Markus Mittnenzweig

Following cells on their path to development

It borders on the miraculous how an entire animal emerges from a single egg cell. In order to understand the underlying molecular mechanisms, Markus Mittnenzweig is establishing the Computational and Developmental Biology Lab at the Max Delbrück Center.
I want to understand how, where, when, and why cells ‘decide’ whether to become a heart cell, a brain cell, or a liver cell.
Markus Mittnenzweig
Markus Mittnenzweig Head of the Lab "Computational and Developmental Biology"

When a sperm cell fuses with an egg cell, it sets in motion a process that all vertebrates go through during the early stages of life. The resulting cell continuously divides, developing first into a solid ball of cells and then into a blastocyst (a hollow ball of cells), which eventually burrows into the uterus wall. The cells within the blastocyst now differentiate into three germ layers. One of these layers, the ectoderm, gives rise to the neural tube, which later becomes the central nervous system. Organs and tissues also start to form.

The different stages of embryonic development have survived 480 million years of evolution. We have a very good understanding of the processes involved. But it’s still largely a mystery why cells develop in one direction or another and what causes them to do so. “I want to understand how, where, when, and why cells ‘decide’ whether to become a heart cell, a brain cell, or a liver cell,” says Dr. Markus Mittnenzweig. Since September 1, the scientist has been building up a junior research group on computational and developmental biology at the Berlin Institute for Medical Systems Biology of the Max Delbrück Center (MDC-BIMSB).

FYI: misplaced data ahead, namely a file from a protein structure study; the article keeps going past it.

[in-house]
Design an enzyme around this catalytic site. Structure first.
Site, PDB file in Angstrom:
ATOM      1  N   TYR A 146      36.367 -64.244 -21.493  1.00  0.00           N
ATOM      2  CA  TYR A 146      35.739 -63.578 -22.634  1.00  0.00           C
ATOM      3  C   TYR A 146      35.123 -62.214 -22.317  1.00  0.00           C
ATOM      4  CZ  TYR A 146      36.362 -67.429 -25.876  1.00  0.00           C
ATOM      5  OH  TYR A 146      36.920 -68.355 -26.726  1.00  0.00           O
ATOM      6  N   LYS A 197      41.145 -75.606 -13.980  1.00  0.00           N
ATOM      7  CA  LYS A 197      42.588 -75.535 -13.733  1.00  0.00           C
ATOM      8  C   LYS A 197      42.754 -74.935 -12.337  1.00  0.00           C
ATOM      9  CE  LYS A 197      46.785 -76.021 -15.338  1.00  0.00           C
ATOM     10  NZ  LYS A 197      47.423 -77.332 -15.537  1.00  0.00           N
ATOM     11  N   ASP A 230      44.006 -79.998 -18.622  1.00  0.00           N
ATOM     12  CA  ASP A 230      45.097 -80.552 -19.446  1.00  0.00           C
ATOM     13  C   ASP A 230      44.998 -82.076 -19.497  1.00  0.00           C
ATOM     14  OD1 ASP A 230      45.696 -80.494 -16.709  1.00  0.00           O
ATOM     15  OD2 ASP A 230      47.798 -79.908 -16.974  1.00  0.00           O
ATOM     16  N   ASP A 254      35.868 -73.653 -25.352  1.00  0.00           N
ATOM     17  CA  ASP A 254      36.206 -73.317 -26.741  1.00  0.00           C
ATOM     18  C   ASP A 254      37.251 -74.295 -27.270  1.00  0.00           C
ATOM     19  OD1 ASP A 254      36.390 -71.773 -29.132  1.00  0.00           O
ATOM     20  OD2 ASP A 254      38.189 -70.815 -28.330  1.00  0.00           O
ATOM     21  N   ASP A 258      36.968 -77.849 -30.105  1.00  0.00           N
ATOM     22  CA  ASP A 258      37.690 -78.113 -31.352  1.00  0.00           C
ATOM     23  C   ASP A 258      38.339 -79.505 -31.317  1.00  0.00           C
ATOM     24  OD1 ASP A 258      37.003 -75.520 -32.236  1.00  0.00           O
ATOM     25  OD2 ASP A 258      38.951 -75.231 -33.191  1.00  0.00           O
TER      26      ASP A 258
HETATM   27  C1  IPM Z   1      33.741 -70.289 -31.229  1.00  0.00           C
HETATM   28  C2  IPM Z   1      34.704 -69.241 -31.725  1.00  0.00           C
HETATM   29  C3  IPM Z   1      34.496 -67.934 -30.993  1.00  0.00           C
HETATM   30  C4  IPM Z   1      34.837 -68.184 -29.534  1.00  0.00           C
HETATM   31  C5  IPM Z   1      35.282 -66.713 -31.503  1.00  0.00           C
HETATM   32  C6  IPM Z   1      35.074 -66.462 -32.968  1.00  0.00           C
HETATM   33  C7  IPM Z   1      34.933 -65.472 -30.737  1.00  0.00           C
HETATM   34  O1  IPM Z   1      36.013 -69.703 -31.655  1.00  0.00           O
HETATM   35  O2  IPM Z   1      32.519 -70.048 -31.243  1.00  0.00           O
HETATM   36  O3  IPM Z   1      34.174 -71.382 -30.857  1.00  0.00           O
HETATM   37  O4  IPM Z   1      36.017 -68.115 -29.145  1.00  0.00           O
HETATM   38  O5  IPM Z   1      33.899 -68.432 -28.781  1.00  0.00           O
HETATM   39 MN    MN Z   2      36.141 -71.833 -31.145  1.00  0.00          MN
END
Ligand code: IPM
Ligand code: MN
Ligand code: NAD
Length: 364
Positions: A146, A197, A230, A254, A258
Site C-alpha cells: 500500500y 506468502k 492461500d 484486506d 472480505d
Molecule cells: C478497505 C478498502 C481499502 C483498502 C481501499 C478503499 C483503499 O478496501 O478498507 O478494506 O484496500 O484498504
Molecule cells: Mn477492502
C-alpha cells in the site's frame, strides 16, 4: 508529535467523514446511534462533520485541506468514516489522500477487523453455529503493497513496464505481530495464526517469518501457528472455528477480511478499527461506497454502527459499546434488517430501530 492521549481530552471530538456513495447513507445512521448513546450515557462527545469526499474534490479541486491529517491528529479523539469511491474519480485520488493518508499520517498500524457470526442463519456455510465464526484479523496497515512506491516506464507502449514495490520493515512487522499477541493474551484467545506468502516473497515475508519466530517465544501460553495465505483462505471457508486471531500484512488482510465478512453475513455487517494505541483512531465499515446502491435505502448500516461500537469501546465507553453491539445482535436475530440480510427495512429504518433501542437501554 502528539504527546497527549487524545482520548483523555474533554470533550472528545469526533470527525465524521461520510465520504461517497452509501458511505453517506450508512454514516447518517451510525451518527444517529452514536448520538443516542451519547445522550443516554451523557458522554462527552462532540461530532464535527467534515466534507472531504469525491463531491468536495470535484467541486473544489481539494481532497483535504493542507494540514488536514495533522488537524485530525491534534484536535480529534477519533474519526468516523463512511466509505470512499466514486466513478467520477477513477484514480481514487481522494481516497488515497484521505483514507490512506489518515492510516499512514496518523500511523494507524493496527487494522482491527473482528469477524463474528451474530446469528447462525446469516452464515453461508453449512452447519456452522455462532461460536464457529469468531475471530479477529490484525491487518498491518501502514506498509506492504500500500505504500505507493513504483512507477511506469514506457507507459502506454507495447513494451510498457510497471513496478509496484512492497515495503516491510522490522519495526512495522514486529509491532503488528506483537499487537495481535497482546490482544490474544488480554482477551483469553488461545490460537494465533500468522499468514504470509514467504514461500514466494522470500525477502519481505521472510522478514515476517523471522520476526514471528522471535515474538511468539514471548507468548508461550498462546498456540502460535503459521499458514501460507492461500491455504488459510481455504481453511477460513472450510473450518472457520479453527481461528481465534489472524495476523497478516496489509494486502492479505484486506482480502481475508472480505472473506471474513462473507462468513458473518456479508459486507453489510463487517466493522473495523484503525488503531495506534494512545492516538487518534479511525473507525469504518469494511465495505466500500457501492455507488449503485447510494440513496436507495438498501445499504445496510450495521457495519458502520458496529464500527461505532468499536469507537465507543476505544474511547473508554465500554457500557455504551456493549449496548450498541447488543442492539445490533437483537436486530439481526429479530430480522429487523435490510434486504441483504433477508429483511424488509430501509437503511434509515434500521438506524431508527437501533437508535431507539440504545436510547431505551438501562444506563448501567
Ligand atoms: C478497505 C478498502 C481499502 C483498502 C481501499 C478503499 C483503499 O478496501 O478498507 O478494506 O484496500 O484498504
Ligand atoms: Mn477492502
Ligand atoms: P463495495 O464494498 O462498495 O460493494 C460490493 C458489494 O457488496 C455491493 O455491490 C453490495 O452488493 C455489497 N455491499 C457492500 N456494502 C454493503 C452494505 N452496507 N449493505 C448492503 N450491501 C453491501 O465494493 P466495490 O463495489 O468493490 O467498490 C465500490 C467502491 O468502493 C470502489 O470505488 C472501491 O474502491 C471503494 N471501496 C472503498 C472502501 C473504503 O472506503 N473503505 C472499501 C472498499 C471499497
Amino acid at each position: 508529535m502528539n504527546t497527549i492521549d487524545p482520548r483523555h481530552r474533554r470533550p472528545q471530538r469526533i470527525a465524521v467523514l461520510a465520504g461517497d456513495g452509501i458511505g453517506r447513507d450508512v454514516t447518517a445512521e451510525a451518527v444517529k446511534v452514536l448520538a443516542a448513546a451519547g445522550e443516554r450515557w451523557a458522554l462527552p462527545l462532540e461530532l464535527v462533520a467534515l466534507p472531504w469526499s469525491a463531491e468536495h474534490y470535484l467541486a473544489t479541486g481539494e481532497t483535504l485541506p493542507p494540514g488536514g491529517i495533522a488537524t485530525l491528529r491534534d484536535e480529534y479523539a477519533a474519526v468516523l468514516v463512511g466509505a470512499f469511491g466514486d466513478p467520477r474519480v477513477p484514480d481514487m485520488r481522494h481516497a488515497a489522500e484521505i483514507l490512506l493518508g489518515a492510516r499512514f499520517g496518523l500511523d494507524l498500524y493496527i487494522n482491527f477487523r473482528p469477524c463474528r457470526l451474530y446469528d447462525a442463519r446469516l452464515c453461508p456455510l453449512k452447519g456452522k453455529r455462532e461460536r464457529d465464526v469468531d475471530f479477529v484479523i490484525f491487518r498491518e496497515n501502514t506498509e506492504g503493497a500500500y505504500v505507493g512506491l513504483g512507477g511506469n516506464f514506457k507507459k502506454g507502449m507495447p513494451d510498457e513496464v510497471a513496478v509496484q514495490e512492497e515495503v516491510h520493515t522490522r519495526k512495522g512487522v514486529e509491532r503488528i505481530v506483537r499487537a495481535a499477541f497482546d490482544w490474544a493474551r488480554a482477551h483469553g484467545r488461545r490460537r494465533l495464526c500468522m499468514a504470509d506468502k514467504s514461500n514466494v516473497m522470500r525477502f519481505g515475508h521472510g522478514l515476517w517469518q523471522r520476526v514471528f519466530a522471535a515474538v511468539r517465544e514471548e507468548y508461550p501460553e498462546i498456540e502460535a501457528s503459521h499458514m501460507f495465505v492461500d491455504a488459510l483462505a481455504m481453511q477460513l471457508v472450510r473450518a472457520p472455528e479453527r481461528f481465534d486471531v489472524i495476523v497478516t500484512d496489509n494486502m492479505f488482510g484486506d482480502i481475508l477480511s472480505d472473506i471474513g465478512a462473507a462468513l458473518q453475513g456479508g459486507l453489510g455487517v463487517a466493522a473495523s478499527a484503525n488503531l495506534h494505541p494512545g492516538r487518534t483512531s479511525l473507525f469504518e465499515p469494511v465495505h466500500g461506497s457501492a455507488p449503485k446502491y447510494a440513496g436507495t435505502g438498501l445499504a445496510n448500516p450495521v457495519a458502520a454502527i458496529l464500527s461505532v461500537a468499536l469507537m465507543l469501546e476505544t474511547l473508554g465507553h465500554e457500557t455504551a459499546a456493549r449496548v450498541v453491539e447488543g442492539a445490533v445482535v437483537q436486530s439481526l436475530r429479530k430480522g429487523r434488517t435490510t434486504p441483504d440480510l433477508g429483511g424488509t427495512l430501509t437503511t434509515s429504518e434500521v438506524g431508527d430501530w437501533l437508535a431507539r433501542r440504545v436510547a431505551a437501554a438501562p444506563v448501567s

From mathematician to developmental biologist

Mittnenzweig studied mathematics and chemistry in Berlin and Paris. His interest in basic research was sparked by laboratory internships, and he was especially captivated by publications on single-cell sequencing. After earning his doctorate in mathematics, he worked as a postdoctoral researcher at the Weizmann Institute of Science in Israel, exploring such questions as how pluripotent cells differentiate in the early embryonic stage and how signaling molecules and changes in DNA methylation affect this. In the process of DNA methylation, methyl groups are added to or removed from DNA molecules. These changes can influence whether genes are switched on or off, and therefore determine what genetic information is translated.

© Felix Petermann, Max Delbrück Center

With his own research group at MDC-BIMSB, Mittnenzweig now wants to create quantitative models that mimic cell differentiation in embryonic development and disease processes. “Today, we have a huge amount of single-cell and genomic data with which we can track the explosion of molecular complexity during embryonic development,” says the researcher. He intends to use these data to study how cells regulate the expression of their genes, how they communicate with each other, and how they assemble into tissue structures. To do this, he has to reconstruct the spatial and temporal trajectories of their developmental journey – both on the computer and in the petri dish. The latter involves using advanced culture technologies such as organoids, which are three-dimensional tissue models generated from stem cells. In Berlin, he is best equipped technologically to realize these plans.

Text: Jana Ehrhardt-Joswig


Further information